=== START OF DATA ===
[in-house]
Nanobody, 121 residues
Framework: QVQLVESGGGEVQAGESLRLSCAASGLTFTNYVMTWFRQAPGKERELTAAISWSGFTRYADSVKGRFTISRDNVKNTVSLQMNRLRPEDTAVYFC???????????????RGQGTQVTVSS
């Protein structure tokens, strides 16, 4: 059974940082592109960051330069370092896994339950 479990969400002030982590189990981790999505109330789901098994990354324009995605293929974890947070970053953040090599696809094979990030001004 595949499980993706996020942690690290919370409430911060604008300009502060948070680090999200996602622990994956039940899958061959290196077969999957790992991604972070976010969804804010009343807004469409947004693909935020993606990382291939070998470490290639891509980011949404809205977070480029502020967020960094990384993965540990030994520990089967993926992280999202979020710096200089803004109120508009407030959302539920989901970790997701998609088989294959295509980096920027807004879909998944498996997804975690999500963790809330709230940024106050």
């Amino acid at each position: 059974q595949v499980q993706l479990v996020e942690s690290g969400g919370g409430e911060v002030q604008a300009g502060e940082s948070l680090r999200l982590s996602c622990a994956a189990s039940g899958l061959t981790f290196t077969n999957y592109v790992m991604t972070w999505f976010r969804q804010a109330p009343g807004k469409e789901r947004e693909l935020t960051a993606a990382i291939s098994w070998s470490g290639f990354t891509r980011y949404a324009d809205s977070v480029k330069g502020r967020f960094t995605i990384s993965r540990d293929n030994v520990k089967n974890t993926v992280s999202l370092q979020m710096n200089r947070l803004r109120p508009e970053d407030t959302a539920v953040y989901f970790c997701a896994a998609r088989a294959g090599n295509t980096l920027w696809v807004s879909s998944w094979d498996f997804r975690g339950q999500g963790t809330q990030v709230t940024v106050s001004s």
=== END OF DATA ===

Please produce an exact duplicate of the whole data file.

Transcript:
[in-house]
Nanobody, 121 residues
Framework: QVQLVESGGGEVQAGESLRLSCAASGLTFTNYVMTWFRQAPGKERELTAAISWSGFTRYADSVKGRFTISRDNVKNTVSLQMNRLRPEDTAVYFC???????????????RGQGTQVTVSS
């Protein structure tokens, strides 16, 4: 059974940082592109960051330069370092896994339950 479990969400002030982590189990981790999505109330789901098994990354324009995605293929974890947070970053953040090599696809094979990030001004 595949499980993706996020942690690290919370409430911060604008300009502060948070680090999200996602622990994956039940899958061959290196077969999957790992991604972070976010969804804010009343807004469409947004693909935020993606990382291939070998470490290639891509980011949404809205977070480029502020967020960094990384993965540990030994520990089967993926992280999202979020710096200089803004109120508009407030959302539920989901970790997701998609088989294959295509980096920027807004879909998944498996997804975690999500963790809330709230940024106050």
């Amino acid at each position: 059974q595949v499980q993706l479990v996020e942690s690290g969400g919370g409430e911060v002030q604008a300009g502060e940082s948070l680090r999200l982590s996602c622990a994956a189990s039940g899958l061959t981790f290196t077969n999957y592109v790992m991604t972070w999505f976010r969804q804010a109330p009343g807004k469409e789901r947004e693909l935020t960051a993606a990382i291939s098994w070998s470490g290639f990354t891509r980011y949404a324009d809205s977070v480029k330069g502020r967020f960094t995605i990384s993965r540990d293929n030994v520990k089967n974890t993926v992280s999202l370092q979020m710096n200089r947070l803004r109120p508009e970053d407030t959302a539920v953040y989901f970790c997701a896994a998609r088989a294959g090599n295509t980096l920027w696809v807004s879909s998944w094979d498996f997804r975690g339950q999500g963790t809330q990030v709230t940024v106050s001004s």